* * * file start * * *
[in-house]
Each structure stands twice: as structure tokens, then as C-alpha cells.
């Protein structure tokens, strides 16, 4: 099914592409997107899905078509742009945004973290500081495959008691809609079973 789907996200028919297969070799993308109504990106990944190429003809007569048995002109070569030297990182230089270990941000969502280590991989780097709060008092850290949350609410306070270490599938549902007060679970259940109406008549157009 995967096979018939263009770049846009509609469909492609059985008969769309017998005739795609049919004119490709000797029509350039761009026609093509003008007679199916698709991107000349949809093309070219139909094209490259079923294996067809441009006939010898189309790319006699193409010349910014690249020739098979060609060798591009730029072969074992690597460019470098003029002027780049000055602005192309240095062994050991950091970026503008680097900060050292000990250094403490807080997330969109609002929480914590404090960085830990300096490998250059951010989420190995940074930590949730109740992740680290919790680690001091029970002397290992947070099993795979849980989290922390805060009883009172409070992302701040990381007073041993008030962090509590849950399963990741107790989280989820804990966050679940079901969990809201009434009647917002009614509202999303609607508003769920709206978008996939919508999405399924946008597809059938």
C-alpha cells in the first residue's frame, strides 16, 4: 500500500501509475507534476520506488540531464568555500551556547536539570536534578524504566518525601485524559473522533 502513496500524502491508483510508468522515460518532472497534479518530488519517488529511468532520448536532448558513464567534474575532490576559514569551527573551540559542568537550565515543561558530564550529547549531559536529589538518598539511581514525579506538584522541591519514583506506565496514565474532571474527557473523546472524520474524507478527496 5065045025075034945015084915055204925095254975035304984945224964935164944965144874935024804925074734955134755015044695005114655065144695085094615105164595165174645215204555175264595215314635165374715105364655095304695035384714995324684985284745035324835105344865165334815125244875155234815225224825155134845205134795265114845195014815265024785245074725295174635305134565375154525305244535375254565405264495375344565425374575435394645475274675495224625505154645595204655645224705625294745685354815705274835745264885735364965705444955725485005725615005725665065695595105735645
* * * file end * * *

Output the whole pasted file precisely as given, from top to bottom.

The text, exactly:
[in-house]
Each structure stands twice: as structure tokens, then as C-alpha cells.
């Protein structure tokens, strides 16, 4: 099914592409997107899905078509742009945004973290500081495959008691809609079973 789907996200028919297969070799993308109504990106990944190429003809007569048995002109070569030297990182230089270990941000969502280590991989780097709060008092850290949350609410306070270490599938549902007060679970259940109406008549157009 995967096979018939263009770049846009509609469909492609059985008969769309017998005739795609049919004119490709000797029509350039761009026609093509003008007679199916698709991107000349949809093309070219139909094209490259079923294996067809441009006939010898189309790319006699193409010349910014690249020739098979060609060798591009730029072969074992690597460019470098003029002027780049000055602005192309240095062994050991950091970026503008680097900060050292000990250094403490807080997330969109609002929480914590404090960085830990300096490998250059951010989420190995940074930590949730109740992740680290919790680690001091029970002397290992947070099993795979849980989290922390805060009883009172409070992302701040990381007073041993008030962090509590849950399963990741107790989280989820804990966050679940079901969990809201009434009647917002009614509202999303609607508003769920709206978008996939919508999405399924946008597809059938």
C-alpha cells in the first residue's frame, strides 16, 4: 500500500501509475507534476520506488540531464568555500551556547536539570536534578524504566518525601485524559473522533 502513496500524502491508483510508468522515460518532472497534479518530488519517488529511468532520448536532448558513464567534474575532490576559514569551527573551540559542568537550565515543561558530564550529547549531559536529589538518598539511581514525579506538584522541591519514583506506565496514565474532571474527557473523546472524520474524507478527496 5065045025075034945015084915055204925095254975035304984945224964935164944965144874935024804925074734955134755015044695005114655065144695085094615105164595165174645215204555175264595215314635165374715105364655095304695035384714995324684985284745035324835105344865165334815125244875155234815225224825155134845205134795265114845195014815265024785245074725295174635305134565375154525305244535375254565405264495375344565425374575435394645475274675495224625505154645595204655645224705625294745685354815705274835745264885735364965705444955725485005725615005725665065695595105735645